No “appropriate equitable relief” available to non-vested participant who mistakenly received benefits

A non-vested pension plan participant who mistakenly received monthly benefits for three years before the plan discovered its error failed to demonstrate he was entitled to “appropriate equitable relief” under ERISA for the fund’s alleged breach of fiduciary duty, the U.S. Court of Appeals in San Francisco (CA-9) has ruled.

A pension fund that covered unionized electrical workers employed by participating employers provided that workers who completed 10 years of service became vested in the fund and were eligible to receive benefits after reaching a specified age. An electrical worker was employed by participating employers for about eight years. Then he became sole proprietor of an electrical company that made contributions to the fund on behalf of the worker as well as other employees.
Four years later, in 1979, the fund determined the worker was a company owner, rather than an employee, and was therefore not eligible to contribute to the fund. Further, because he had only eight years of credited service with the fund, he had not vested. The fund informed the worker of this determination in writing and refunded contributions he had made. Nevertheless, in 1996 the worker asked the fund to determine the amount of benefits he would receive if he retired. A pension representative for the fund informed him in 1997 he would receive $1,236 per month in benefits. The worker subsequently retired and began receiving benefits.

Then, as a result of an unrelated dispute the worker had with the fund, the fund “rediscovered” its 1979 determination that the worker had failed to meet the plan’s vesting requirements. The fund terminated the worker’s monthly benefits.

The worker filed suit in district court asking for reinstatement of his benefits under ERISA Sec. 502(a)(1)(B) and alleging fiduciary duty violations for which he was entitled to equitable relief under ERISA Sec. 502(a)(3). The district court ultimately granted summary judgment to the fund.

Equitable relief

The Ninth Circuit upheld the lower court’s judgment for the plan. With respect to his fiduciary duty claims, the court explained that even if a participant can demonstrate that a breach has occurred, a claim may fail if the participant cannot establish that the relief sought is “appropriate equitable relief.” Here, the worker failed to show he was entitled to “equitable relief” under the Supreme Court’s interpretation of ERISA Sec. 502(a)(3). In CIGNA Corp. v. Amara, the High Court identified three forms of traditional equitable relief that may be awarded under ERISA Sec. 502(a)(3): (1) reformation; (2) equitable estoppel; and (3) surcharges.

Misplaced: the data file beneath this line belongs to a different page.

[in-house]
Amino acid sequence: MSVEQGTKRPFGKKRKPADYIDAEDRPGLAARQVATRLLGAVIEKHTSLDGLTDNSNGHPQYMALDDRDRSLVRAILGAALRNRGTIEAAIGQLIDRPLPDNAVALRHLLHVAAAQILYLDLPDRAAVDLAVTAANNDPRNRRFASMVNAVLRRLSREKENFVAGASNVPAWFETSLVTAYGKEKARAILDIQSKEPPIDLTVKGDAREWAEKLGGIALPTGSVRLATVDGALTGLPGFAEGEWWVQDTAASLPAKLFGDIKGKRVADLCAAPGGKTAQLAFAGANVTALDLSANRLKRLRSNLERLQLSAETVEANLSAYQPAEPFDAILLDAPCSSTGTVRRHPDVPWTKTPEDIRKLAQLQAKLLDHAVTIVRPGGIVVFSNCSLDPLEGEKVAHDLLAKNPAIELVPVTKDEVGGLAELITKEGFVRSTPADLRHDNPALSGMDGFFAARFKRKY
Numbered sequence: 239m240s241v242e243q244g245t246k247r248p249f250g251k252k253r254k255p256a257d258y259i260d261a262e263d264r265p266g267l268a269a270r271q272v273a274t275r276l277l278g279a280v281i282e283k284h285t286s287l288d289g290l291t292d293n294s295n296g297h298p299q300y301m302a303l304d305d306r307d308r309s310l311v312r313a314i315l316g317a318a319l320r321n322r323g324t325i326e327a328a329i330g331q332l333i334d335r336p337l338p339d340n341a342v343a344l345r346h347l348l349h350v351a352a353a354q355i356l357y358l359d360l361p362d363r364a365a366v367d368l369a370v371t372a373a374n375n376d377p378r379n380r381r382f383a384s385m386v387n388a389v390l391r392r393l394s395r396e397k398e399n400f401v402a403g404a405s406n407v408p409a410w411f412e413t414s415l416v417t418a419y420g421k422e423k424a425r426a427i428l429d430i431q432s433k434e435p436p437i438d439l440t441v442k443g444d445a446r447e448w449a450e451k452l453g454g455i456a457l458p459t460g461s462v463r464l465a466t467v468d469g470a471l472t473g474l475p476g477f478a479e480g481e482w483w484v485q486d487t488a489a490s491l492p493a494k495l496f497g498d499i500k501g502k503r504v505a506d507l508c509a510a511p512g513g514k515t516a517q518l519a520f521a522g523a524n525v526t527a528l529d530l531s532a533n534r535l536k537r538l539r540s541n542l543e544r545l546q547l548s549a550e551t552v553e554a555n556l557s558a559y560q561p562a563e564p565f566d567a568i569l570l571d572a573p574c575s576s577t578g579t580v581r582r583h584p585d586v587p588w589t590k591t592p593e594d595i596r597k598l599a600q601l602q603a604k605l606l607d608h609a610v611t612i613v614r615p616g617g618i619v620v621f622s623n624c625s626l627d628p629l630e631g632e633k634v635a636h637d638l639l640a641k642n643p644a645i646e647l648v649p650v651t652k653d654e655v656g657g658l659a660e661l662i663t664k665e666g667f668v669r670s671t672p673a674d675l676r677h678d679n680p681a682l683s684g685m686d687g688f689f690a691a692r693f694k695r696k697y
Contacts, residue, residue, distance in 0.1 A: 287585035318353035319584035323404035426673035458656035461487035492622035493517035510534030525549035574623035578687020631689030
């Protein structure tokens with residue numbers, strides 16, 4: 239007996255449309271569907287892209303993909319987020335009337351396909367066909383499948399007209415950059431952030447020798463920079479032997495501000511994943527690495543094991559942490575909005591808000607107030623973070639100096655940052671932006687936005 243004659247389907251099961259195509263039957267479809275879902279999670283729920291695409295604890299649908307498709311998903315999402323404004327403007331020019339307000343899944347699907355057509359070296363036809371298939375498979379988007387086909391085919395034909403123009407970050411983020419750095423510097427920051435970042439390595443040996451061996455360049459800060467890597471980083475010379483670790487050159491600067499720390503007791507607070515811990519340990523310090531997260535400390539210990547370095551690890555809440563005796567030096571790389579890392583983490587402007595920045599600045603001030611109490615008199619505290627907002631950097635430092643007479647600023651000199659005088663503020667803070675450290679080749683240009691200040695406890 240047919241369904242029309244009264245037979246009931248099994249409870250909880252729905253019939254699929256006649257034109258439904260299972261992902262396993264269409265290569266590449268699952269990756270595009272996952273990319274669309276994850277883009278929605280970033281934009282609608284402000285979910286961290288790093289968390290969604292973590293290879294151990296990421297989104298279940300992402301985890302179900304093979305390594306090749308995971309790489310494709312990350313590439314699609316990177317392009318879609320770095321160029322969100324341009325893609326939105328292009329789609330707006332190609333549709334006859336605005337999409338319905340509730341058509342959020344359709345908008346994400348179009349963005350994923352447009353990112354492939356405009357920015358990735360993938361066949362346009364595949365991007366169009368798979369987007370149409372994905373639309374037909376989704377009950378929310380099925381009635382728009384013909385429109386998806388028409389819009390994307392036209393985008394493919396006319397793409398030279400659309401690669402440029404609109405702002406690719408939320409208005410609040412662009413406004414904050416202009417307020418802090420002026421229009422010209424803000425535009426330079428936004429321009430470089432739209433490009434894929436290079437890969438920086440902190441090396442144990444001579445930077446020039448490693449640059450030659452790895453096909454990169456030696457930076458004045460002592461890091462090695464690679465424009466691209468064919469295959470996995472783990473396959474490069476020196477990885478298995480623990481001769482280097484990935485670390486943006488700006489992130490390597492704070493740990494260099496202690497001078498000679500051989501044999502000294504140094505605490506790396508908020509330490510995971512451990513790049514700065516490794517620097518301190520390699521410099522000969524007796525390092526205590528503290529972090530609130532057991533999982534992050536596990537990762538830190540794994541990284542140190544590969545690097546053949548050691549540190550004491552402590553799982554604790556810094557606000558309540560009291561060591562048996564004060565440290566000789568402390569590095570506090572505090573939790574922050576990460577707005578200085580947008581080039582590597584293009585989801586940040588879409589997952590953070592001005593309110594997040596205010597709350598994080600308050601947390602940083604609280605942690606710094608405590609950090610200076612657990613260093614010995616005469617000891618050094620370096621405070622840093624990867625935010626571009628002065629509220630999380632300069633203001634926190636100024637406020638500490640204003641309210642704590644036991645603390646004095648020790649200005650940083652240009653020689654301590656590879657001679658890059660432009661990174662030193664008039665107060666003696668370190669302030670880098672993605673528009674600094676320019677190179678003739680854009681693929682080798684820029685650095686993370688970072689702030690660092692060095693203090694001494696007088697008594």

The worker is not entitled to relief under any of these theories, the court explained. Equitable estoppel does not apply because the 1997 letter telling the worker he was entitled to a pension was a mere mistake and not an interpretation of ambiguous plan terms upon which the worker was entitled to rely. In addition, while reformation requires demonstrating that a mistake of fact or law affected the terms of the plan, in this case the plan does not contain an error.

The court also rejected the worker’s contention that under the remedy of surcharge he was entitled to receive an amount equal to the benefits he would have received if he had been a participant with the hours of services erroneously reflected in the Fund’s records when he applied for benefits. Surcharge is available only when a trustee or beneficiary has been “unjustly enriched” by a breach of fiduciary duty. Further, the benefit the worker seeks under surcharge would wrongfully deplete the Fund by paying him benefits to which he is not entitled under the plan.

Benefits denial

Finally, the court rejected the worker’s contention that benefits were wrongfully denied under ERISA Sec. 502(a)(1)(B) because the Fund waited years to raise his non-vested status as its rationale for denying benefits. (The worker had conceded that he was not vested under the terms of the plan.)

Source: Gabriel v. Alaska Electrical Pension Fund (CA-9).
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